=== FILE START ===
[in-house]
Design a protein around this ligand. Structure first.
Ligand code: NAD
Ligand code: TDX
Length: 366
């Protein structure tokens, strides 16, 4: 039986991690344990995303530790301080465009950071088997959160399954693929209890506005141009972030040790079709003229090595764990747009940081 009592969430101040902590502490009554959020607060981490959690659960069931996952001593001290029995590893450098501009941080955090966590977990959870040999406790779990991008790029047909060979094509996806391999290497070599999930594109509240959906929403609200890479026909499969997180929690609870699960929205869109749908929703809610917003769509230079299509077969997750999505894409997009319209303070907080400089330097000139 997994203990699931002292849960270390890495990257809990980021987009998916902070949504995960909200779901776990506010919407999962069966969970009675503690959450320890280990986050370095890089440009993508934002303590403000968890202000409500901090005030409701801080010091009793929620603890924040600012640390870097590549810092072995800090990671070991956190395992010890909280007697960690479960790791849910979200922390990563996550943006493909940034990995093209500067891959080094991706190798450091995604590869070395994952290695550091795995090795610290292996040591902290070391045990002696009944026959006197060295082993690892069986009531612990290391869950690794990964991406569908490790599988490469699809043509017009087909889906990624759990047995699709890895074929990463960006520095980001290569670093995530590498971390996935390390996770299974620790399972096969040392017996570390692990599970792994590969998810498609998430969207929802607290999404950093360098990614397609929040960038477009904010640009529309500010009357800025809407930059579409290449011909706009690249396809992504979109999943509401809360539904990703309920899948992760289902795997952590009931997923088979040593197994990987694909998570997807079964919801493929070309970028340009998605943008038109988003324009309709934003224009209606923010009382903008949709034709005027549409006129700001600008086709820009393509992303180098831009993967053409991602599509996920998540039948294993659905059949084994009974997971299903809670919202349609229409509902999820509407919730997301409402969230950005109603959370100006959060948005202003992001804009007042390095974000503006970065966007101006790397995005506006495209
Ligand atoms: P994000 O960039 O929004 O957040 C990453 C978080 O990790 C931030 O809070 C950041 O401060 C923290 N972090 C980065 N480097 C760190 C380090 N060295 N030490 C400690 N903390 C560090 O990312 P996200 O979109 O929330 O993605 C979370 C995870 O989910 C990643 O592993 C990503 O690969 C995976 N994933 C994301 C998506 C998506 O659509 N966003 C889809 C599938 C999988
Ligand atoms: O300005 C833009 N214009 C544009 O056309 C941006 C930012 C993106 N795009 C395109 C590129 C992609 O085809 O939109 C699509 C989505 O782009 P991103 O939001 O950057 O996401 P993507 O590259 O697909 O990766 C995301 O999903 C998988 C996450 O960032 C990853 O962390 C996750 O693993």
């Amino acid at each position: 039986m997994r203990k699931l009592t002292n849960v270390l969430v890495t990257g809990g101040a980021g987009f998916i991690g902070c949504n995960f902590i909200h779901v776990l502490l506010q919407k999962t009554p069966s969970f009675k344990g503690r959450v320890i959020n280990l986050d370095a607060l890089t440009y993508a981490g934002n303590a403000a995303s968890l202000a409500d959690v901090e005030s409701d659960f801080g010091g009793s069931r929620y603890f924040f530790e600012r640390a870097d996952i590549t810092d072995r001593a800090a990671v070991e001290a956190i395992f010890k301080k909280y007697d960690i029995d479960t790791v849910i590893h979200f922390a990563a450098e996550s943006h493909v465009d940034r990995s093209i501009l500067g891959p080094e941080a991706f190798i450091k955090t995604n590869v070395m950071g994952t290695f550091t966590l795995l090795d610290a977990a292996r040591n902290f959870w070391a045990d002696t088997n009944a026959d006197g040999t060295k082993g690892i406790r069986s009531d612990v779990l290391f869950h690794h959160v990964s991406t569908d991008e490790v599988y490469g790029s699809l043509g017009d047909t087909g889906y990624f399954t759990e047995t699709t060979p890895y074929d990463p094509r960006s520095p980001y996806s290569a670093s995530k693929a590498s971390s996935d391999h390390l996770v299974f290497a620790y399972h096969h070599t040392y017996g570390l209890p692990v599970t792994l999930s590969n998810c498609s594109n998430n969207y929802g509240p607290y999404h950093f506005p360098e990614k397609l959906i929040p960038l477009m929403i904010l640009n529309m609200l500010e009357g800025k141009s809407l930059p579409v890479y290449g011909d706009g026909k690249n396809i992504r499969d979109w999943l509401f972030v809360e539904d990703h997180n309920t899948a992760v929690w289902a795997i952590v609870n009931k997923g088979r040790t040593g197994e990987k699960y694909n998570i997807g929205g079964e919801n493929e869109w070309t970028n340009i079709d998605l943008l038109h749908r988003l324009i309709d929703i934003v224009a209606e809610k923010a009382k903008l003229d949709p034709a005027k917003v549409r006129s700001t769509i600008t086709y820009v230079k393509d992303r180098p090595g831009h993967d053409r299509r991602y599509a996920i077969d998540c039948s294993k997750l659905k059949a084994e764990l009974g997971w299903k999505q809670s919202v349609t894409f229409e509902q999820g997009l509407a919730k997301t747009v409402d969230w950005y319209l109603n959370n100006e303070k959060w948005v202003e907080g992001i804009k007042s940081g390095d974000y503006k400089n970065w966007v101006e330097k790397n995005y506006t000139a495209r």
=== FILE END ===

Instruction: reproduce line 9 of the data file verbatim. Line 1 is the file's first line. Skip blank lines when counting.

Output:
């Amino acid at each position: 039986m997994r203990k699931l009592t002292n849960v270390l969430v890495t990257g809990g101040a980021g987009f998916i991690g902070c949504n995960f902590i909200h779901v776990l502490l506010q919407k999962t009554p069966s969970f009675k344990g503690r959450v320890i959020n280990l986050d370095a607060l890089t440009y993508a981490g934002n303590a403000a995303s968890l202000a409500d959690v901090e005030s409701d659960f801080g010091g009793s069931r929620y603890f924040f530790e600012r640390a870097d996952i590549t810092d072995r001593a800090a990671v070991e001290a956190i395992f010890k301080k909280y007697d960690i029995d479960t790791v849910i590893h979200f922390a990563a450098e996550s943006h493909v465009d940034r990995s093209i501009l500067g891959p080094e941080a991706f190798i450091k955090t995604n590869v070395m950071g994952t290695f550091t966590l795995l090795d610290a977990a292996r040591n902290f959870w070391a045990d002696t088997n009944a026959d006197g040999t060295k082993g690892i406790r069986s009531d612990v779990l290391f869950h690794h959160v990964s991406t569908d991008e490790v599988y490469g790029s699809l043509g017009d047909t087909g889906y990624f399954t759990e047995t699709t060979p890895y074929d990463p094509r960006s520095p980001y996806s290569a670093s995530k693929a590498s971390s996935d391999h390390l996770v299974f290497a620790y399972h096969h070599t040392y017996g570390l209890p692990v599970t792994l999930s590969n998810c498609s594109n998430n969207y929802g509240p607290y999404h950093f506005p360098e990614k397609l959906i929040p960038l477009m929403i904010l640009n529309m609200l500010e009357g800025k141009s809407l930059p579409v890479y290449g011909d706009g026909k690249n396809i992504r499969d979109w999943l509401f972030v809360e539904d990703h997180n309920t899948a992760v929690w289902a795997i952590v609870n009931k997923g088979r040790t040593g197994e990987k699960y694909n998570i997807g929205g079964e919801n493929e869109w070309t970028n340009i079709d998605l943008l038109h749908r988003l324009i309709d929703i934003v224009a209606e809610k923010a009382k903008l003229d949709p034709a005027k917003v549409r006129s700001t769509i600008t086709y820009v230079k393509d992303r180098p090595g831009h993967d053409r299509r991602y599509a996920i077969d998540c039948s294993k997750l659905k059949a084994e764990l009974g997971w299903k999505q809670s919202v349609t894409f229409e509902q999820g997009l509407a919730k997301t747009v409402d969230w950005y319209l109603n959370n100006e303070k959060w948005v202003e907080g992001i804009k007042s940081g390095d974000y503006k400089n970065w966007v101006e330097k790397n995005y506006t000139a495209r």